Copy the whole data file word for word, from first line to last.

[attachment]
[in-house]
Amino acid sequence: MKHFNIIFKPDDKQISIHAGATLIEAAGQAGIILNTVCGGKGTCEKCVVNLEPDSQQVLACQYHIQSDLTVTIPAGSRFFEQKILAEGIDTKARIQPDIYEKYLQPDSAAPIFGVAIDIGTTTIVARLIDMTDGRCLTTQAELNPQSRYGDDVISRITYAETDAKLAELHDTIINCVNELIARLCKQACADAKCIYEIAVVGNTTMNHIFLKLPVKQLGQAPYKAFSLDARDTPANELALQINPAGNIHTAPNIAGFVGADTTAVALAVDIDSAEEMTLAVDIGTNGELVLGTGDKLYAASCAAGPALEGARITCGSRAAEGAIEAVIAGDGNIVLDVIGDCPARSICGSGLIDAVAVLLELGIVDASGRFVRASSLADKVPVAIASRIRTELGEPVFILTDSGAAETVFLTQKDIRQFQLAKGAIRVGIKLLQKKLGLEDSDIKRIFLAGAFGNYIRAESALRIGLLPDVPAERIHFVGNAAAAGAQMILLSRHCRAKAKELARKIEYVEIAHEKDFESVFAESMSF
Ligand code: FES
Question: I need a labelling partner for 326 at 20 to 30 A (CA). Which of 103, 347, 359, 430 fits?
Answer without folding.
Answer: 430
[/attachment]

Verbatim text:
[in-house]
Amino acid sequence: MKHFNIIFKPDDKQISIHAGATLIEAAGQAGIILNTVCGGKGTCEKCVVNLEPDSQQVLACQYHIQSDLTVTIPAGSRFFEQKILAEGIDTKARIQPDIYEKYLQPDSAAPIFGVAIDIGTTTIVARLIDMTDGRCLTTQAELNPQSRYGDDVISRITYAETDAKLAELHDTIINCVNELIARLCKQACADAKCIYEIAVVGNTTMNHIFLKLPVKQLGQAPYKAFSLDARDTPANELALQINPAGNIHTAPNIAGFVGADTTAVALAVDIDSAEEMTLAVDIGTNGELVLGTGDKLYAASCAAGPALEGARITCGSRAAEGAIEAVIAGDGNIVLDVIGDCPARSICGSGLIDAVAVLLELGIVDASGRFVRASSLADKVPVAIASRIRTELGEPVFILTDSGAAETVFLTQKDIRQFQLAKGAIRVGIKLLQKKLGLEDSDIKRIFLAGAFGNYIRAESALRIGLLPDVPAERIHFVGNAAAAGAQMILLSRHCRAKAKELARKIEYVEIAHEKDFESVFAESMSF
Ligand code: FES
Question: I need a labelling partner for 326 at 20 to 30 A (CA). Which of 103, 347, 359, 430 fits?
Answer without folding.
Answer: 430